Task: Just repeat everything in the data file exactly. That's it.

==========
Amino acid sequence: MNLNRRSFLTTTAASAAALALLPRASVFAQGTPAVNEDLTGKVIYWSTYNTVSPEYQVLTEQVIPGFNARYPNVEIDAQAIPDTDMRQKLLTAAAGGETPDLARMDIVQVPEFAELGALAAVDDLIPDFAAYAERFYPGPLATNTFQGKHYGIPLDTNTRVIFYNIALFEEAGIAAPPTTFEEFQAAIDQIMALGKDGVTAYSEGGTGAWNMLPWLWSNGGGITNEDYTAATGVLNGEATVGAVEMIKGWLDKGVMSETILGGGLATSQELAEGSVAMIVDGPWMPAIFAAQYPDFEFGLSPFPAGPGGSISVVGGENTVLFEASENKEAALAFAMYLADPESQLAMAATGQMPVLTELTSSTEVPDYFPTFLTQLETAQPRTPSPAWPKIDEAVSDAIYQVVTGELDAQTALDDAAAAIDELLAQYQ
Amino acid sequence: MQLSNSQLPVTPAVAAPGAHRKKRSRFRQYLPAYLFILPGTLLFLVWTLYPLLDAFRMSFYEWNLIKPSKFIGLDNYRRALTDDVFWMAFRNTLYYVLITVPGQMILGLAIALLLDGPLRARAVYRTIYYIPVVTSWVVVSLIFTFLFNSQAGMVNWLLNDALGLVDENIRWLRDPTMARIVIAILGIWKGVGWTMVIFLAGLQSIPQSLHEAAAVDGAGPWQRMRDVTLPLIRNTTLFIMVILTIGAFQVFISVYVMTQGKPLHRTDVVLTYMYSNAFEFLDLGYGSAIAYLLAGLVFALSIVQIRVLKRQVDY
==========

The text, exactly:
Amino acid sequence: MNLNRRSFLTTTAASAAALALLPRASVFAQGTPAVNEDLTGKVIYWSTYNTVSPEYQVLTEQVIPGFNARYPNVEIDAQAIPDTDMRQKLLTAAAGGETPDLARMDIVQVPEFAELGALAAVDDLIPDFAAYAERFYPGPLATNTFQGKHYGIPLDTNTRVIFYNIALFEEAGIAAPPTTFEEFQAAIDQIMALGKDGVTAYSEGGTGAWNMLPWLWSNGGGITNEDYTAATGVLNGEATVGAVEMIKGWLDKGVMSETILGGGLATSQELAEGSVAMIVDGPWMPAIFAAQYPDFEFGLSPFPAGPGGSISVVGGENTVLFEASENKEAALAFAMYLADPESQLAMAATGQMPVLTELTSSTEVPDYFPTFLTQLETAQPRTPSPAWPKIDEAVSDAIYQVVTGELDAQTALDDAAAAIDELLAQYQ
Amino acid sequence: MQLSNSQLPVTPAVAAPGAHRKKRSRFRQYLPAYLFILPGTLLFLVWTLYPLLDAFRMSFYEWNLIKPSKFIGLDNYRRALTDDVFWMAFRNTLYYVLITVPGQMILGLAIALLLDGPLRARAVYRTIYYIPVVTSWVVVSLIFTFLFNSQAGMVNWLLNDALGLVDENIRWLRDPTMARIVIAILGIWKGVGWTMVIFLAGLQSIPQSLHEAAAVDGAGPWQRMRDVTLPLIRNTTLFIMVILTIGAFQVFISVYVMTQGKPLHRTDVVLTYMYSNAFEFLDLGYGSAIAYLLAGLVFALSIVQIRVLKRQVDY